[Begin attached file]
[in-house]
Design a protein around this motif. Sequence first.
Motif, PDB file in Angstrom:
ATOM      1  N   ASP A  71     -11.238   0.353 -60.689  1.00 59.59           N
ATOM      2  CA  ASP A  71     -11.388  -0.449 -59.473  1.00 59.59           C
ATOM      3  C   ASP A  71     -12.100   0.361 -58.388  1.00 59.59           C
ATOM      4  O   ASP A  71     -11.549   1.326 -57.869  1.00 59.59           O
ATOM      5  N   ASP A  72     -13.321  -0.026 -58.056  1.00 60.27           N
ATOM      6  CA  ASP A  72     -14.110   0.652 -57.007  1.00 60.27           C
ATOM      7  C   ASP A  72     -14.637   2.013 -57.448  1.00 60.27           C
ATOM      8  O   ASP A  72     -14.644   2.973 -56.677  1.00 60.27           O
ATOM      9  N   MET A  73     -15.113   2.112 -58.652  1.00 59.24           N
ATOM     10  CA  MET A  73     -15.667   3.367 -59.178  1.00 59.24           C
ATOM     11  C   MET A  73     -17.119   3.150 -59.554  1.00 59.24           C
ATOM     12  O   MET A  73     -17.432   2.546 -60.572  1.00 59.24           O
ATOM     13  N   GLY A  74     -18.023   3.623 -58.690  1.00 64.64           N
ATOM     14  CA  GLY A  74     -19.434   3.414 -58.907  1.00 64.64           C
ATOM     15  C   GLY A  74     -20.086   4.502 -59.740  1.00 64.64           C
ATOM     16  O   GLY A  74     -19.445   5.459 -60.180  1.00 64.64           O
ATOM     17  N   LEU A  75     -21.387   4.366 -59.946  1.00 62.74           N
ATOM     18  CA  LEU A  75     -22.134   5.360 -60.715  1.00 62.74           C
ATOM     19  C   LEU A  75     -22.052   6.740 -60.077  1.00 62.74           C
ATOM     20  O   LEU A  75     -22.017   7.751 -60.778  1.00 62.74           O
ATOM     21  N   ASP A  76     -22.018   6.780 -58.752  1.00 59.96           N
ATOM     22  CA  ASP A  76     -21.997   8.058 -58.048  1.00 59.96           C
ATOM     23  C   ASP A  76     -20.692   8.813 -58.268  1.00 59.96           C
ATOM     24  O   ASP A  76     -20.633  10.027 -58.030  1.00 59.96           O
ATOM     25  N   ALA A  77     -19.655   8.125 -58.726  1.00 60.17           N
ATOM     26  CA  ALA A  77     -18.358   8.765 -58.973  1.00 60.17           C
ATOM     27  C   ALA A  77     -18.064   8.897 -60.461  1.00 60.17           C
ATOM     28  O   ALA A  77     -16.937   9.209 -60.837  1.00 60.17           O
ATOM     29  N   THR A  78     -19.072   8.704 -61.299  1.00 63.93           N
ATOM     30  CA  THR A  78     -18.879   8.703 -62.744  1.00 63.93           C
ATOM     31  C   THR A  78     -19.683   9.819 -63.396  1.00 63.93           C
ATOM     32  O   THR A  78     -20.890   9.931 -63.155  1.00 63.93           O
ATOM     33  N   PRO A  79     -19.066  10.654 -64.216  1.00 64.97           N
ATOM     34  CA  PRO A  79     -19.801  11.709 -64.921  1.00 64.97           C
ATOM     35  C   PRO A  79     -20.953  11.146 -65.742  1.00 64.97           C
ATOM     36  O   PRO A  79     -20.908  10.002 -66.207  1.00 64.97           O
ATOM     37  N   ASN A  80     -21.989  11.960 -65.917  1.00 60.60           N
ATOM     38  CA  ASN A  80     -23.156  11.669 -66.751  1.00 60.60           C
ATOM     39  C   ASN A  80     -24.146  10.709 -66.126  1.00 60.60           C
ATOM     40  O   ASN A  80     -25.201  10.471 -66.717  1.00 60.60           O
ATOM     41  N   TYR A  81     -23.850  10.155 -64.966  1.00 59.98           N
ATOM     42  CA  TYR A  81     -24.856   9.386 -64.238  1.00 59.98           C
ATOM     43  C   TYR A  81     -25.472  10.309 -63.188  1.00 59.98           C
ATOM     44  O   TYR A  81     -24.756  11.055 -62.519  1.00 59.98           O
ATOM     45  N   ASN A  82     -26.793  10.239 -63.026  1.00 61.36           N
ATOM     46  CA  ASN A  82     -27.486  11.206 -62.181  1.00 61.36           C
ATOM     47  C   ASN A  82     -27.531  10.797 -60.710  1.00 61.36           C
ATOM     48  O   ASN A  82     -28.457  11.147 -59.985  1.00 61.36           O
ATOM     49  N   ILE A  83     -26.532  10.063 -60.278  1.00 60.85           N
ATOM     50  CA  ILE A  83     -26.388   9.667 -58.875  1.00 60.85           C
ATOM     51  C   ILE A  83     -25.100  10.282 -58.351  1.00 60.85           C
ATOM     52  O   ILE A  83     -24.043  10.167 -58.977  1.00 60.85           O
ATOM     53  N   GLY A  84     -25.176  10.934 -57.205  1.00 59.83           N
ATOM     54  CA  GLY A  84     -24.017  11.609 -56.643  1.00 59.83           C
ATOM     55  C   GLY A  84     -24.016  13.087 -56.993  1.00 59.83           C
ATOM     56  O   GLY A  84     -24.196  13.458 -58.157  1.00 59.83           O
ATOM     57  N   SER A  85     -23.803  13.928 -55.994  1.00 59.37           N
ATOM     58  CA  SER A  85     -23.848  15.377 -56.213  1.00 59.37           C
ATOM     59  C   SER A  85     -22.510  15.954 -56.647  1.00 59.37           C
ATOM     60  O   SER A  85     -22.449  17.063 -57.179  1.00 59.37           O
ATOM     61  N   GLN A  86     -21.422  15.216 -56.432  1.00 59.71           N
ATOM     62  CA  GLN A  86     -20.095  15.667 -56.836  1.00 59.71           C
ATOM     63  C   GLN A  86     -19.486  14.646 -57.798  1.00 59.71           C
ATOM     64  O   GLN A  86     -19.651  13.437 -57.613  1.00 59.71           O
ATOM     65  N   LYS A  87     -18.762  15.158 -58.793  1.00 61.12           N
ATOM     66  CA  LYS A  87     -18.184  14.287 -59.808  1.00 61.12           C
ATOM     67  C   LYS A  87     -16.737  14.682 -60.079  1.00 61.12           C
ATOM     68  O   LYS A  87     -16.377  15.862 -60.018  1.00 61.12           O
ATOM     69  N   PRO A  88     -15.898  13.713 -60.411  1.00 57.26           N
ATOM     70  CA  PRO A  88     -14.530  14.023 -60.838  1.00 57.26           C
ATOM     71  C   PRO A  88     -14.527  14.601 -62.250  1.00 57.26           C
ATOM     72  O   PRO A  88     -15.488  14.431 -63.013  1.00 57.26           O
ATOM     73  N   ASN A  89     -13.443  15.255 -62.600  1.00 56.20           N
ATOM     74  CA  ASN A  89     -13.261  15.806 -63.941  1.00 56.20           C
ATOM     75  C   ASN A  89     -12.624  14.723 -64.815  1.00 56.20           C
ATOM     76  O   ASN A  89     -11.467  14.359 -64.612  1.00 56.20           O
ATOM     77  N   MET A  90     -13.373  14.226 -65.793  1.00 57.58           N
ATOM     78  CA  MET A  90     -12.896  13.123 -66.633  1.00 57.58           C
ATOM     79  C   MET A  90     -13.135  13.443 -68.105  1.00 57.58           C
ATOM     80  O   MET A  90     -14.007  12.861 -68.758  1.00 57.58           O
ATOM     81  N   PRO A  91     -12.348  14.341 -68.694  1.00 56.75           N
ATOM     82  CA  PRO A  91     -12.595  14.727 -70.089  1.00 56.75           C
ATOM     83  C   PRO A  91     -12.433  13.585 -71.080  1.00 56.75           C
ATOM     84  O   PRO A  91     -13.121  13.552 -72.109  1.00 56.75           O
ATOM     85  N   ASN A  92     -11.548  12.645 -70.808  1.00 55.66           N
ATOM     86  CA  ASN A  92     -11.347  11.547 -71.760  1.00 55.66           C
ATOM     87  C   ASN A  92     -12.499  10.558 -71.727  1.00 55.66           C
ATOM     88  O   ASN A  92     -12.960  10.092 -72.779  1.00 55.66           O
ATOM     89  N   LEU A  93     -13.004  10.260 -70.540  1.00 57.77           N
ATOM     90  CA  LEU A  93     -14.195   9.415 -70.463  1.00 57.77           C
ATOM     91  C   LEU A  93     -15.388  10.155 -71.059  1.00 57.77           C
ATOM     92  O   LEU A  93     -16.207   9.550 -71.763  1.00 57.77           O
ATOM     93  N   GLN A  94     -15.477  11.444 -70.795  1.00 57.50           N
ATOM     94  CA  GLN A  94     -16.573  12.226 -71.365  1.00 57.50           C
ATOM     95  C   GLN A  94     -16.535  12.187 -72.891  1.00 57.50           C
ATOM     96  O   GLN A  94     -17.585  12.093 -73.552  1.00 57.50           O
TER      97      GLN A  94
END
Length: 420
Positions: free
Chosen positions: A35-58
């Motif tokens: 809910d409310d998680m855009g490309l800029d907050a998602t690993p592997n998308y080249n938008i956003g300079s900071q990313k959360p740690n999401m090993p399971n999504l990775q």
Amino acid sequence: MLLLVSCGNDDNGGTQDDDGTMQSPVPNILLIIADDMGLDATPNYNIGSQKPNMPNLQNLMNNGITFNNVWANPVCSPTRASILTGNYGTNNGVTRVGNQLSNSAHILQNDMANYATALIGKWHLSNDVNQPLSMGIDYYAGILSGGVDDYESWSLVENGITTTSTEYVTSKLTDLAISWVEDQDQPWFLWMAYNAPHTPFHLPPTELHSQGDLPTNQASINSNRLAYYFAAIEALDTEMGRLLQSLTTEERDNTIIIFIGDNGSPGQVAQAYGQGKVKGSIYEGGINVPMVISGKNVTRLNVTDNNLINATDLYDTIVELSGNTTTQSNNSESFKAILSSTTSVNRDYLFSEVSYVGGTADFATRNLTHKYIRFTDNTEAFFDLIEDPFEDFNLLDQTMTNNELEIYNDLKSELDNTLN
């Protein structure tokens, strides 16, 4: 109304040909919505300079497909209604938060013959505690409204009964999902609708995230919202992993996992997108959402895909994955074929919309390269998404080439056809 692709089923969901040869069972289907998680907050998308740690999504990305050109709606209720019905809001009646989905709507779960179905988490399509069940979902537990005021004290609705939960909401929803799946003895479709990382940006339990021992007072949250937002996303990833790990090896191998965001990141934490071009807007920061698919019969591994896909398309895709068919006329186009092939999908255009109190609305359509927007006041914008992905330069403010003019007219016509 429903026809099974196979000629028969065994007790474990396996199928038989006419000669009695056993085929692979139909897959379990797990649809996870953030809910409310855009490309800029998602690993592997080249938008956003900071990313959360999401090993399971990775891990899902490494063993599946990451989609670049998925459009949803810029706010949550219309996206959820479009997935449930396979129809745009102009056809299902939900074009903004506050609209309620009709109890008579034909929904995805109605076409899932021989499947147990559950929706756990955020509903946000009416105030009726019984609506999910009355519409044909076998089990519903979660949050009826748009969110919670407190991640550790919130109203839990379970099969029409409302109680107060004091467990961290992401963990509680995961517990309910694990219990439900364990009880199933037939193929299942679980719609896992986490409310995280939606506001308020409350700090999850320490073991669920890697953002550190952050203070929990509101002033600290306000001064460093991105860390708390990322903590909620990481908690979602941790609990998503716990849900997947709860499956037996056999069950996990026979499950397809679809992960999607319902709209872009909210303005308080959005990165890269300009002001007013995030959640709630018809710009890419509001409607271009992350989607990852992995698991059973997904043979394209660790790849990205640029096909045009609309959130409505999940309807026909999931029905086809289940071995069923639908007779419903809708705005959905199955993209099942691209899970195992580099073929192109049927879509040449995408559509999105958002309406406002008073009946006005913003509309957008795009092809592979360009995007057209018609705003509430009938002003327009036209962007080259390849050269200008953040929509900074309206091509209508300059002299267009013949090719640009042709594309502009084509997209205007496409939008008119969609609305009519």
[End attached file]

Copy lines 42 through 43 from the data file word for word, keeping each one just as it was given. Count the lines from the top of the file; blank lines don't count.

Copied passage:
ATOM     39  C   ASN A  80     -24.146  10.709 -66.126  1.00 60.60           C
ATOM     40  O   ASN A  80     -25.201  10.471 -66.717  1.00 60.60           O